Newsweek ‘covers up’ secret zombie invasion headlines
Zombies beat multicolored unicorns any day of the week.
At his Twitter account, author/critic Douglas Wolk tweeted on Monday, “Want your day made? Go to newsweek.com and do the Konami code: up up down down left right left right B A enter.”
At The New York Times Media Decoder blog, Derrick Henry writes, “Programmers for NewsweekÃ¢â‚¬â„¢s Web site, Newsweek.com, have apparently placed a hidden joke on the magazineÃ¢â‚¬â„¢s home page for readers who enter a special keyboard combination, triggering a page of headlines purporting to provide coverage of an uprising by the undead.”
The lead headline, Ã¢â‚¬Å“Zombies Attack!Ã¢â‚¬Â was followed by a summary informing readers that large portions of the East Coast had been invaded by the undead rising from their graves. Residents were advised to barricade themselves and await further instructions. Other headlines suggested that someone named Patient Zero was to blame for the invasion and that people battling zombies should aim for the head.
Readers were also urged to contribute their reports. Ã¢â‚¬Å“Not everybody reacts the same to the undead,Ã¢â‚¬Â the site said. Ã¢â‚¬Å“If you, or a loved one, has encountered a zombie please share your experiences.Ã¢â‚¬Â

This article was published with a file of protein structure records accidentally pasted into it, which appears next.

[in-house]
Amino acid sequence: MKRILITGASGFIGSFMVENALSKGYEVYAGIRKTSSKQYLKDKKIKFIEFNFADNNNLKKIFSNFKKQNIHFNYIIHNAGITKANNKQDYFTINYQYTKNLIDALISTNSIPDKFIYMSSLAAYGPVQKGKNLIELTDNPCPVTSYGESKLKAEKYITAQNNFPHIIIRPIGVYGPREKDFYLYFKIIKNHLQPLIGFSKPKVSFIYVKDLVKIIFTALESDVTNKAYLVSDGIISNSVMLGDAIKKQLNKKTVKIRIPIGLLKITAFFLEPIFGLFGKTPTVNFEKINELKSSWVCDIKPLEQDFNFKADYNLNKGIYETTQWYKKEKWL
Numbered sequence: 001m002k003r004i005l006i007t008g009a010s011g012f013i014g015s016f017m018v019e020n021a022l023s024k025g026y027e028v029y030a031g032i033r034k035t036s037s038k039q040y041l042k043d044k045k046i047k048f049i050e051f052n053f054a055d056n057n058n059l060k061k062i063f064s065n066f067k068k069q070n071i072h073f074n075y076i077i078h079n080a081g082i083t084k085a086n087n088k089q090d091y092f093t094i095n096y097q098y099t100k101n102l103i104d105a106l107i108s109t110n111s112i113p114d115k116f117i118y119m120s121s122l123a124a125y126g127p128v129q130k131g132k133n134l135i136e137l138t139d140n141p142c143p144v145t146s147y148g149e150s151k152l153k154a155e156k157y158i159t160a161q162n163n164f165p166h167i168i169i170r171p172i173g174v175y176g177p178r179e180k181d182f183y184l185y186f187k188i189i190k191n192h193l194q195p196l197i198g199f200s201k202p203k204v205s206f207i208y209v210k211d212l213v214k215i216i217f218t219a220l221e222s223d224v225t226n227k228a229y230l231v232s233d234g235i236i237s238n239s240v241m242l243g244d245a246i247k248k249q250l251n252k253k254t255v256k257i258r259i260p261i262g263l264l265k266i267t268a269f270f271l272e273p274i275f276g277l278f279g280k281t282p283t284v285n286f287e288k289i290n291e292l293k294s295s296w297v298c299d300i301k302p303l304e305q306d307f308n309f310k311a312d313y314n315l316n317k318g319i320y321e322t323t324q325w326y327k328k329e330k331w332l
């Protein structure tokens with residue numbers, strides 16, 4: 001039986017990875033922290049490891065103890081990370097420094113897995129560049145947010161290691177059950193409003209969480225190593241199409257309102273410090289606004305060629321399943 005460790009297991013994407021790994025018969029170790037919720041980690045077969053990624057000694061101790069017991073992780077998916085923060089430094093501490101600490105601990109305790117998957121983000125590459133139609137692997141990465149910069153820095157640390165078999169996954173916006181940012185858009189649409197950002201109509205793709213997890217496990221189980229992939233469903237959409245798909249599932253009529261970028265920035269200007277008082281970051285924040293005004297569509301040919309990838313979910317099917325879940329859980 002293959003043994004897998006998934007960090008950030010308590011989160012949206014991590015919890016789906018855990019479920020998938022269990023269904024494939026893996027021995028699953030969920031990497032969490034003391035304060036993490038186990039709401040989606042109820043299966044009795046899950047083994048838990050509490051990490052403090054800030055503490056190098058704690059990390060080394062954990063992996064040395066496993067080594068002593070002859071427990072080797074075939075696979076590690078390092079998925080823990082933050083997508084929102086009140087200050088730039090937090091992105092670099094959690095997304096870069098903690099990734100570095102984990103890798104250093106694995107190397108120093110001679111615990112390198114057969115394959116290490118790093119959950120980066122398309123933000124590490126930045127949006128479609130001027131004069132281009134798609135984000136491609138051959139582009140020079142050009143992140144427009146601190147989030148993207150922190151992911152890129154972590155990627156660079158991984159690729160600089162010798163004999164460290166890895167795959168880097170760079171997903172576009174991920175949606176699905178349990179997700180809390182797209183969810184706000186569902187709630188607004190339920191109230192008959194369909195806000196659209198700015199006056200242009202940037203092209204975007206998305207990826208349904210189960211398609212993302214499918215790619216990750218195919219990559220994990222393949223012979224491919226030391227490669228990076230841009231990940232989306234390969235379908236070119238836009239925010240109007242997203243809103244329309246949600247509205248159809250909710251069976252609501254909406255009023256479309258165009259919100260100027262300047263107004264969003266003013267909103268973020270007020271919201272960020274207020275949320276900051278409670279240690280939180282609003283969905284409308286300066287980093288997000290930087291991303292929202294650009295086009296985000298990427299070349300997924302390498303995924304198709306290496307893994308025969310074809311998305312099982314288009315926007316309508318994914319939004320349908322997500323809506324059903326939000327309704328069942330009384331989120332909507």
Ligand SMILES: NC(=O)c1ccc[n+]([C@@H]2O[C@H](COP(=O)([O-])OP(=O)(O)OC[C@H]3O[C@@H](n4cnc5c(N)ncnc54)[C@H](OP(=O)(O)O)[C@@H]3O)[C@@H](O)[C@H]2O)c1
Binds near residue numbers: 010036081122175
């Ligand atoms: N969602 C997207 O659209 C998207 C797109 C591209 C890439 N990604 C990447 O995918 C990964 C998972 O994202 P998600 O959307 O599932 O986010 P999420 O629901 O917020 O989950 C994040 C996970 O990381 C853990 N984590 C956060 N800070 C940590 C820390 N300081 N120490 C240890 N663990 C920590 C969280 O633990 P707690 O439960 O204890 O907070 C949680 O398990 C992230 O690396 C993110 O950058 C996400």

“The zombies invaded over the weekend, and you didn’t even know it,” joked Tony Deconinck at AOL News.
Suspicion lies on Mike Robinson, whose name was displayed prominently in the author byline of the page and who is an application developer for Newsweek, but the actual source of the secret code is yet to be revealed.
AOL News spoke with Nick Summers, who first tweeted the surprise last Friday after receiving an e-mail that alerted him to the hidden Easter egg.
“A couple weeks ago, Newsweek relaunched a website redesign, new CMS, a new approach to how we promote our magazine content,” said Summers. “It was a soup-to-nuts relaunch of the site. When you do something that major, it gives an opportunity for someone to sneak in a bit of code.”
As for those “multicolored unicorns.”
Last year, videogame blog Kotaku reported, “Sports fans with a taste for glittery unicorns should run, not walk, to ESPN.com and remember their Konami Code, because it appears that some soon to be possibly unemployed web designer is having a laugh.”
As a couple of unicorn-loving tipsters with a thirst for sporting news have informed us, inputting the infamous Konami cheat code (up, up, down, down, left, right, left, right, B, A, enter) will infest the official ESPN web site with mystical ponies. And they’ll keep spawning if you keep clicking.